Creston Valley horse owner and millwright create scratch-built manure spreader

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  • Sep. 20, 2015 5:00 a.m.

(Above) Bob Domenjoz (left) and Don Stace-Smith with the manure spreader; (below) the gears and flails; (below story

When Bob Domenjoz wanted a new manure spreader, he did something better than simply buying a new one — he enlisted the help of longtime friend Don Stace-Smith to build one from scratch.

“It’s better than one that’s manufactured,” Domenjoz said. “It’s stronger. It won’t bend or twist.”

It was cheaper, too, said Domenjoz, owner of two miniature horses and a quarter horse. A new manufactured spreader would have been about $4,000 for one; this one was under $2,000.

Stace-Smith, a journeyman millwright, appreciated the opportunity to create something new. He built a boat when he was 14, and project in the decades since have included a crossbow pistol and geodesic dome.

“I’ve made all kinds of ‘weird things, strange and wonderful,’ my sister says,” said Stace-Smith.

He prefers to create only one of everything, though.

“The challenge is for the first one,” said Stace-Smith. “After that, you’re like a machine.”

Part of the challenge for this was to figure out the drive system, which required the wheels to propel the spreader forward, while the track in the bed and flails at the rear turn the opposite direction to spread the manure. The result is a complicated — at least, to the layperson — system of gears and chains.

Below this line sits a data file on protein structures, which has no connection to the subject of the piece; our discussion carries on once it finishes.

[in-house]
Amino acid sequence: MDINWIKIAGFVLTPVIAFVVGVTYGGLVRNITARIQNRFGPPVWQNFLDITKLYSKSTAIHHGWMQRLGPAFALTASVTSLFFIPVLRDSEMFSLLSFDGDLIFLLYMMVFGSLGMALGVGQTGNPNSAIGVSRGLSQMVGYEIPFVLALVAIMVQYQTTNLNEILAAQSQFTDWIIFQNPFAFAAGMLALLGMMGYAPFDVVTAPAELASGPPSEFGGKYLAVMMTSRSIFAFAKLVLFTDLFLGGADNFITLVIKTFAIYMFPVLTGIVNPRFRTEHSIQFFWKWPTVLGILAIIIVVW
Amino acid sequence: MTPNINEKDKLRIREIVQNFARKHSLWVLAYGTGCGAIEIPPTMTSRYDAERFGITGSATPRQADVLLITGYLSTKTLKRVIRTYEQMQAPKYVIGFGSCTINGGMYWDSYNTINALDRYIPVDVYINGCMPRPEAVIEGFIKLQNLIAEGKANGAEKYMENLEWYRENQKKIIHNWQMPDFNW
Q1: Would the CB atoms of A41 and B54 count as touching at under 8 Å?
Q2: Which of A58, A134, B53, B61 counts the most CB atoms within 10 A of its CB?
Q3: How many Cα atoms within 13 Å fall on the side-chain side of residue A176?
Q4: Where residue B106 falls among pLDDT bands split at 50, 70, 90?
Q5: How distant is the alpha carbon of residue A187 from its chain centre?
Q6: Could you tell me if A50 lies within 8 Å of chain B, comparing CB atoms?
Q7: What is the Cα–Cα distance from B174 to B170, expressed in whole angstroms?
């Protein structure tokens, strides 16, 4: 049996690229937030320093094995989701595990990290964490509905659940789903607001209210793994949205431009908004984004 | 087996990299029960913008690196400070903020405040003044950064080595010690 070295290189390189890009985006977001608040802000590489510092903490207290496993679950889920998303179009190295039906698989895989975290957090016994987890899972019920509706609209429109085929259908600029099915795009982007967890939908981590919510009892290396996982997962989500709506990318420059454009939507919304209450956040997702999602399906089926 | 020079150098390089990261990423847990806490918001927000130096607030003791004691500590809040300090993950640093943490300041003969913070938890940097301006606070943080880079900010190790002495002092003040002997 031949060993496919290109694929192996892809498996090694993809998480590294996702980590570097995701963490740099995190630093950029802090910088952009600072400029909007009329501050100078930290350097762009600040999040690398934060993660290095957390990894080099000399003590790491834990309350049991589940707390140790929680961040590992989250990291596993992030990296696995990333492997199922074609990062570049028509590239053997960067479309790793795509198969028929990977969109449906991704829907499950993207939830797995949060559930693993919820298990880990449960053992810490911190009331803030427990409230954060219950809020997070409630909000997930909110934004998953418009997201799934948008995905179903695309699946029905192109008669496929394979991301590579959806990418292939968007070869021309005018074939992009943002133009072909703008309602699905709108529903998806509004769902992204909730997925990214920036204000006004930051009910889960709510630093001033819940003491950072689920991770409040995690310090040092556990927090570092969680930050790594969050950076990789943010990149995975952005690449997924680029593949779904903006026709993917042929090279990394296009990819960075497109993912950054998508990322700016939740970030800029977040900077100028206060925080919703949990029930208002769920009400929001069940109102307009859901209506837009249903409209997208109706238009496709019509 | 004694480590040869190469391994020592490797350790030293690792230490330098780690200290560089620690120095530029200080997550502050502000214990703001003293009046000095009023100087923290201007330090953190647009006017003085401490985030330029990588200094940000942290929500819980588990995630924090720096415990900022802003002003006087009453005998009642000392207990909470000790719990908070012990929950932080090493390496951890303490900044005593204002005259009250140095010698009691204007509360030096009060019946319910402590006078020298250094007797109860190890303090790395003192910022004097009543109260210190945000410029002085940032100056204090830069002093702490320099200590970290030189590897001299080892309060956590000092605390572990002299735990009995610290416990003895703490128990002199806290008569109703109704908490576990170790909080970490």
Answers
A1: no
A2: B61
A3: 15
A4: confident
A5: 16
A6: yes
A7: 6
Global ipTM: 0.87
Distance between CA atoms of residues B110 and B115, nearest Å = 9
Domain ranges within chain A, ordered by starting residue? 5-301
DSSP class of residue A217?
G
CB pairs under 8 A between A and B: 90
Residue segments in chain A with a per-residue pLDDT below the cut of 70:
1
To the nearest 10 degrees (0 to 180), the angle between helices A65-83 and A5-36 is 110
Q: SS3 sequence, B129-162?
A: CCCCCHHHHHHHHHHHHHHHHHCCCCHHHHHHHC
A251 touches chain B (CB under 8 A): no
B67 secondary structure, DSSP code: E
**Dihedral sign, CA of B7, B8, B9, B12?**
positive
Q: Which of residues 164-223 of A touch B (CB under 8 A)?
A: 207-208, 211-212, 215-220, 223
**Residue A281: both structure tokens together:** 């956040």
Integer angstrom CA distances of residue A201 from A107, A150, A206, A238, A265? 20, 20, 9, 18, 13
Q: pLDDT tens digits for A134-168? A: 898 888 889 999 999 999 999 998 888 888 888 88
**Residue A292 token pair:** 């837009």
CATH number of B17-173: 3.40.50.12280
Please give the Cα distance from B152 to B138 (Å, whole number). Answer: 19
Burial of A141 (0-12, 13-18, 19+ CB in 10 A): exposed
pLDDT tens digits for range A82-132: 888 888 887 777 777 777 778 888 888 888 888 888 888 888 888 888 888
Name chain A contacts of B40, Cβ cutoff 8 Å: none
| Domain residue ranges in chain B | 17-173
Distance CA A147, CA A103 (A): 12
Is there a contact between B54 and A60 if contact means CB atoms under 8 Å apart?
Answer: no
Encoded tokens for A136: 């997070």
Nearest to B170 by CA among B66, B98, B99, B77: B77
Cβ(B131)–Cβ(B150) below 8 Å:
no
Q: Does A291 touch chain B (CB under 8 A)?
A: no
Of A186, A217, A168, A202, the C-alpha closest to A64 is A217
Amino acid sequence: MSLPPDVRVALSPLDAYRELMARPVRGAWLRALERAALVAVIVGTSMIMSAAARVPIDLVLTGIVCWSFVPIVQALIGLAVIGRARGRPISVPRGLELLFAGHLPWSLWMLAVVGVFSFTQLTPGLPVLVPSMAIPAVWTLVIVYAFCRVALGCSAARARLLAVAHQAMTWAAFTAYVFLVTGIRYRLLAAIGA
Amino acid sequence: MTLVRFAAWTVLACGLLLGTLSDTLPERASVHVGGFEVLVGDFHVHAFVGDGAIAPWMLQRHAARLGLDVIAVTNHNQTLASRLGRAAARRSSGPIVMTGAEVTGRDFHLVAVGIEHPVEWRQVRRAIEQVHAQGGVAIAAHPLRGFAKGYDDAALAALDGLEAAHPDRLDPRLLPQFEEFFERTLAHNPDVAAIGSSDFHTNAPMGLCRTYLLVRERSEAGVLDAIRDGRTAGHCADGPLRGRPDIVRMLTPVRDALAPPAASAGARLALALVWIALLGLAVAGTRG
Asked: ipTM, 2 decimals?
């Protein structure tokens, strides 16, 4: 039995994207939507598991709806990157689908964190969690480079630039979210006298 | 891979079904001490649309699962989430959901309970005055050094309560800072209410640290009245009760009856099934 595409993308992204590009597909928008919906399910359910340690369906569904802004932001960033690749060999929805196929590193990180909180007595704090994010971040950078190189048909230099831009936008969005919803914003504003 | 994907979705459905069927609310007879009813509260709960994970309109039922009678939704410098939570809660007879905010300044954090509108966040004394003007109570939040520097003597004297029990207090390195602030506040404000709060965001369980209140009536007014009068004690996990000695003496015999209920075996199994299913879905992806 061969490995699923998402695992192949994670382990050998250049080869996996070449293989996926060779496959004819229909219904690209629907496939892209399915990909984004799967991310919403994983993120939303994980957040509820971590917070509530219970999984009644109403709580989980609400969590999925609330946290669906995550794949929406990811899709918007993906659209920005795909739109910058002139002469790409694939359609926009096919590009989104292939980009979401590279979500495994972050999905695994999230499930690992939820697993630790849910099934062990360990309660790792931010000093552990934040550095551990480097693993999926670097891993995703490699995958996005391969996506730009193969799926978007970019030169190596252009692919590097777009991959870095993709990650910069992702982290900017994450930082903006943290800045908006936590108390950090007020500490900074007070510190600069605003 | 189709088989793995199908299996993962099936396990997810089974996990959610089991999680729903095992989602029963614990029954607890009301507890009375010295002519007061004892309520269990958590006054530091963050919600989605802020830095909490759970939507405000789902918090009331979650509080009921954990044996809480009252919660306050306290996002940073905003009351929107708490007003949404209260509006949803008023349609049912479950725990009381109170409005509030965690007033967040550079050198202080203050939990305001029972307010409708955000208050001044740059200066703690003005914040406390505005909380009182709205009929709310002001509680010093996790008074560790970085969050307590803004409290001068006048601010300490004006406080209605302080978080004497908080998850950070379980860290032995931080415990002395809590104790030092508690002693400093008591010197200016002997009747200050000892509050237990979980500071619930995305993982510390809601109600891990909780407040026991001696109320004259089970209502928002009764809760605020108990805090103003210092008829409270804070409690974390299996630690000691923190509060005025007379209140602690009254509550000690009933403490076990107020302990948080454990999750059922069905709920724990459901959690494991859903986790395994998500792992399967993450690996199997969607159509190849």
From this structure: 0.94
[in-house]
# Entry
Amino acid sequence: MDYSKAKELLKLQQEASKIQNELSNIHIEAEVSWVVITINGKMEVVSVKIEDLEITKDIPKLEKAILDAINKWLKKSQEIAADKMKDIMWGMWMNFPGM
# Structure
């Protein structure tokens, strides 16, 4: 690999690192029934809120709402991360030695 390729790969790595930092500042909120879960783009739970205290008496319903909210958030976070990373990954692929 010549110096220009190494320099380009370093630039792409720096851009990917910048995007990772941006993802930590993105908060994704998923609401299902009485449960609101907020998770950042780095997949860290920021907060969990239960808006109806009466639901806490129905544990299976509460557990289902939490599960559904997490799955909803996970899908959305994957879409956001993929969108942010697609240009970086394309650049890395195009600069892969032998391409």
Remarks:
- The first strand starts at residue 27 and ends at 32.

“There’s a lot of little finicky work,” said Domenjoz (who has himself built a four-wheeled buggy — and wants to build an artillery tank).

“Even making square holes with a file takes time,” added Stace-Smith.

Altogether, the project took about two months of weekends and some evenings before it was completed Sept. 11.

Domenjoz laughed when he admitted to some surprise during the early stages of construction when he saw that the frame looked nothing like what he’d imagined.

“I had the frame upside-down and he couldn’t figure out what was going on,” said Stace-Smith.

“Now, I can take it apart and put it back together,” added Domenjoz.

The project turned out to be a success, and with the quad painted a slick red and black, matching the quad used to pull it, Domenjoz has found the scratch-built manure spreader to be quite a time saver. It holds about a ton, and it takes him 10 minutes load it and five to unload it.

“For me, it’s a miracle,” said Domenjoz. “I don’t have to shovel anymore.

“I just put it in gear and away I go.”

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